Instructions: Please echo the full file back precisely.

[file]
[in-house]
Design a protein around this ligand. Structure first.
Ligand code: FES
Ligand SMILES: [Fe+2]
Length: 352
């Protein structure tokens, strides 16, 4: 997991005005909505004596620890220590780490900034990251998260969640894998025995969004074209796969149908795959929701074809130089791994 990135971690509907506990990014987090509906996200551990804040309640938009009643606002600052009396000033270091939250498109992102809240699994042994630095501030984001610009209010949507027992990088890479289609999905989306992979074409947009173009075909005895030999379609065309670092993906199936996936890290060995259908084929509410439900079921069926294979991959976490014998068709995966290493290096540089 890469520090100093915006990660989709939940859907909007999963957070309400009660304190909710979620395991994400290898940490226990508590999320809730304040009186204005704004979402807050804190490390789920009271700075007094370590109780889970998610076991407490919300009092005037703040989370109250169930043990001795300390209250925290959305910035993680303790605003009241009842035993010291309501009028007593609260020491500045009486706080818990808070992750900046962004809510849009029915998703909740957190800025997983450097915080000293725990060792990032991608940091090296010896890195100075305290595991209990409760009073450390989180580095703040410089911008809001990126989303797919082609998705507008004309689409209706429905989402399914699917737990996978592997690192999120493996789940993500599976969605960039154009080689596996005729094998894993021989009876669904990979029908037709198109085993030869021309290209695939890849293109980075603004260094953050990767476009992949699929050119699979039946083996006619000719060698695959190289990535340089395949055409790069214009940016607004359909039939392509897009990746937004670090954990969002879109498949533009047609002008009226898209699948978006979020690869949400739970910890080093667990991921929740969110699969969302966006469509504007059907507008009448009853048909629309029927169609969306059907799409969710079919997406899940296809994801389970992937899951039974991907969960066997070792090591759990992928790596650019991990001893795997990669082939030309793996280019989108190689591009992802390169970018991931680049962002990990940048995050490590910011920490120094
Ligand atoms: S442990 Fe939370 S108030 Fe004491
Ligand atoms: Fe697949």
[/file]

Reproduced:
[in-house]
Design a protein around this ligand. Structure first.
Ligand code: FES
Ligand SMILES: [Fe+2]
Length: 352
């Protein structure tokens, strides 16, 4: 997991005005909505004596620890220590780490900034990251998260969640894998025995969004074209796969149908795959929701074809130089791994 990135971690509907506990990014987090509906996200551990804040309640938009009643606002600052009396000033270091939250498109992102809240699994042994630095501030984001610009209010949507027992990088890479289609999905989306992979074409947009173009075909005895030999379609065309670092993906199936996936890290060995259908084929509410439900079921069926294979991959976490014998068709995966290493290096540089 890469520090100093915006990660989709939940859907909007999963957070309400009660304190909710979620395991994400290898940490226990508590999320809730304040009186204005704004979402807050804190490390789920009271700075007094370590109780889970998610076991407490919300009092005037703040989370109250169930043990001795300390209250925290959305910035993680303790605003009241009842035993010291309501009028007593609260020491500045009486706080818990808070992750900046962004809510849009029915998703909740957190800025997983450097915080000293725990060792990032991608940091090296010896890195100075305290595991209990409760009073450390989180580095703040410089911008809001990126989303797919082609998705507008004309689409209706429905989402399914699917737990996978592997690192999120493996789940993500599976969605960039154009080689596996005729094998894993021989009876669904990979029908037709198109085993030869021309290209695939890849293109980075603004260094953050990767476009992949699929050119699979039946083996006619000719060698695959190289990535340089395949055409790069214009940016607004359909039939392509897009990746937004670090954990969002879109498949533009047609002008009226898209699948978006979020690869949400739970910890080093667990991921929740969110699969969302966006469509504007059907507008009448009853048909629309029927169609969306059907799409969710079919997406899940296809994801389970992937899951039974991907969960066997070792090591759990992928790596650019991990001893795997990669082939030309793996280019989108190689591009992802390169970018991931680049962002990990940048995050490590910011920490120094
Ligand atoms: S442990 Fe939370 S108030 Fe004491
Ligand atoms: Fe697949």